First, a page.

Louisville (pronounced LEW-iss-vill) is a city in Winston County, Mississippi. The population was 6,631 at the 2010 census. It is the county seat of Winston County.
Like Winston County, Louisville is named for Louis Winston (1784–1824), a colonel in the militia, a prominent lawyer, and a judge of the Mississippi Supreme Court. In 1863 Union Colonel Benjamin Grierson marched 900 troops through Louisville during his raid through Mississippi. There was no fighting in Winston County.
In 1927, a mob of 1,000 white men from Louisville, lynched two African-Americans, Jim and Mark Fox. The Foxes were accused of killing Clarence Nichols, a white man who started a fight with them because they would not let him pass their Ford touring car in his Chevrolet.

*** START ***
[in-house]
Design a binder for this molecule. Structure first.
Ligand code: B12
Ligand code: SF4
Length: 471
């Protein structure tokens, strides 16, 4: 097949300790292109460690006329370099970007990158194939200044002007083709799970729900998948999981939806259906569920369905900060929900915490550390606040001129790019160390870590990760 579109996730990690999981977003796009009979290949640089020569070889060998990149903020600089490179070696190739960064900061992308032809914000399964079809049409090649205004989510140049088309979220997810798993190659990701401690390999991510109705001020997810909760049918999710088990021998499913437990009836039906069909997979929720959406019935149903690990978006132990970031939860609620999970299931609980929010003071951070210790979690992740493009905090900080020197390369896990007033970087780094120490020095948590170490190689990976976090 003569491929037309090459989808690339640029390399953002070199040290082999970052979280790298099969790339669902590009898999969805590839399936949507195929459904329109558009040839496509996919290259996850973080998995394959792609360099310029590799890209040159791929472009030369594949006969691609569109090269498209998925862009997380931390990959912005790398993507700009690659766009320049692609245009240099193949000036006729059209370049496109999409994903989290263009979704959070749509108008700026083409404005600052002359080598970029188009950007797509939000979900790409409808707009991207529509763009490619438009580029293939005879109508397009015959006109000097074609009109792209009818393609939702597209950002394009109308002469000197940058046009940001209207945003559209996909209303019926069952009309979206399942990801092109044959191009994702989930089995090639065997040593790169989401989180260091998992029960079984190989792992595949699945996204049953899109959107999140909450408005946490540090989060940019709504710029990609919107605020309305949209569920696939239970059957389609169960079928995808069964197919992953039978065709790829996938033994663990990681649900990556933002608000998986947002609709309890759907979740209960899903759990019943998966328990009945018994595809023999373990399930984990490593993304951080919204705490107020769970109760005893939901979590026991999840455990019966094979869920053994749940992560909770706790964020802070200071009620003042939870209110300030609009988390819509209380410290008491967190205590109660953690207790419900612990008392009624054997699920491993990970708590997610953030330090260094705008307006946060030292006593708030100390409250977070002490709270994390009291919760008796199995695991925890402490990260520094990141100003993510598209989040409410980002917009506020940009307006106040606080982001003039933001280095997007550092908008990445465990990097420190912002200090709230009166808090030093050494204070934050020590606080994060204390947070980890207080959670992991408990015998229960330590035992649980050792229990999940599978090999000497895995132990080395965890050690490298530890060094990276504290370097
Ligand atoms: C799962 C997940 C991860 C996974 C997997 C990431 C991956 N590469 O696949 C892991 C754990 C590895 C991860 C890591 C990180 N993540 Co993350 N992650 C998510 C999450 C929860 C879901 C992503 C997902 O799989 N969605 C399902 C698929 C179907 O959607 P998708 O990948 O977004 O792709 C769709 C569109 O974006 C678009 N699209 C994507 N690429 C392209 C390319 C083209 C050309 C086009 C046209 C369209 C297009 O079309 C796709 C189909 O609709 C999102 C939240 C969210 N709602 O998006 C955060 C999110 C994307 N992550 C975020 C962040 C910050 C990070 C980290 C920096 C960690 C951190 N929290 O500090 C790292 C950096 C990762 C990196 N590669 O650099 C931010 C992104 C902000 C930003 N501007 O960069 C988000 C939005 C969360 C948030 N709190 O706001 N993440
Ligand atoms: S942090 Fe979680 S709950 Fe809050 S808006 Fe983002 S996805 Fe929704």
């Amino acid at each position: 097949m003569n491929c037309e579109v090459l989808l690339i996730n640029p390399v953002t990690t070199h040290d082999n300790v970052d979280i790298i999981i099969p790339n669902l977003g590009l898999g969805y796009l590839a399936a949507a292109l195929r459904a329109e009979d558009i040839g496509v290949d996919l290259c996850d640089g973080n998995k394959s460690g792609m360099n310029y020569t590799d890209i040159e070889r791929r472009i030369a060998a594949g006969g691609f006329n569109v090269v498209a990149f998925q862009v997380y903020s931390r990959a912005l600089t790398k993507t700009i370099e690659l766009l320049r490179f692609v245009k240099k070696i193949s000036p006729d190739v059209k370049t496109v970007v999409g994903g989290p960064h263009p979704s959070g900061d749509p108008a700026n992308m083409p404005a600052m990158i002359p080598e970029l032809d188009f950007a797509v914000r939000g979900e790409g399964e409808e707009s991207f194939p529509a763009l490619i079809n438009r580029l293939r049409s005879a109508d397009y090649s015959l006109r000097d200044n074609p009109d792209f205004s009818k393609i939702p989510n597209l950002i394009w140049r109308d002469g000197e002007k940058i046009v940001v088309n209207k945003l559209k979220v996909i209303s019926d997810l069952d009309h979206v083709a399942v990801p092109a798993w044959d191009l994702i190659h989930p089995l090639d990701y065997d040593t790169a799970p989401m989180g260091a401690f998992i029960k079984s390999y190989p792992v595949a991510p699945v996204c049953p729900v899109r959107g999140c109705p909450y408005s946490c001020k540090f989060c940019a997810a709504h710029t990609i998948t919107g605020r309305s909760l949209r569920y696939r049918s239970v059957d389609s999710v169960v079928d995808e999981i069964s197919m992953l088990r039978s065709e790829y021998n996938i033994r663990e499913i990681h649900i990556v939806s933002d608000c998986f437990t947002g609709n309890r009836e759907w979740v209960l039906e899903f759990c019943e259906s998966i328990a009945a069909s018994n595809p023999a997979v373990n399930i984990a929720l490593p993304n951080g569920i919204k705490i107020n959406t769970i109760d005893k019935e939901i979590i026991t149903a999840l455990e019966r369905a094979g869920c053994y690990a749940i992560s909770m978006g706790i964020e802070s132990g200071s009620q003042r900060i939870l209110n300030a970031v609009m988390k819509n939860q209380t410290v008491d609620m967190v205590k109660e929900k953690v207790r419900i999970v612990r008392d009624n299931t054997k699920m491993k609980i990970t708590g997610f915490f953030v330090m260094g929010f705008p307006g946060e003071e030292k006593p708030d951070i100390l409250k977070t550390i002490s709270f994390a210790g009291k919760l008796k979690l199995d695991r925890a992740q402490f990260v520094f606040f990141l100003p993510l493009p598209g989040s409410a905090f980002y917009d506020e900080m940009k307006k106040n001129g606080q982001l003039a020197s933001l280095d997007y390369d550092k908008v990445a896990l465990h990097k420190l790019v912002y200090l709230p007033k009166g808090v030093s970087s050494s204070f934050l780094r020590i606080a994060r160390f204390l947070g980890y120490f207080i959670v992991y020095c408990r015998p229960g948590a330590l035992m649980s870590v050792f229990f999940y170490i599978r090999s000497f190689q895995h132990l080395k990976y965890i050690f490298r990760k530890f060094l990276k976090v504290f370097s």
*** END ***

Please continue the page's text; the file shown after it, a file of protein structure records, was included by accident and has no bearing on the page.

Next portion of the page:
On April 28, 2014, Louisville was hit by an EF4 tornado, which killed 10 people.
Louisville is located at 33°7′23″N 89°3′22″W (33.122931, -89.056182). According to the United States Census Bureau, the city has a total area of 15.3 square miles (40 km2), of which 15.1 square miles (39 km2) is land and 0.2 square miles (0.52 km2) (1.44%) is water. It is known by many as the "Front porch of the South".
As of the census of 2000, there were 7,006 people, 2,641 households, and 1,817 families living in the city. The population density was 464.5 people per square mile (179.4/km2).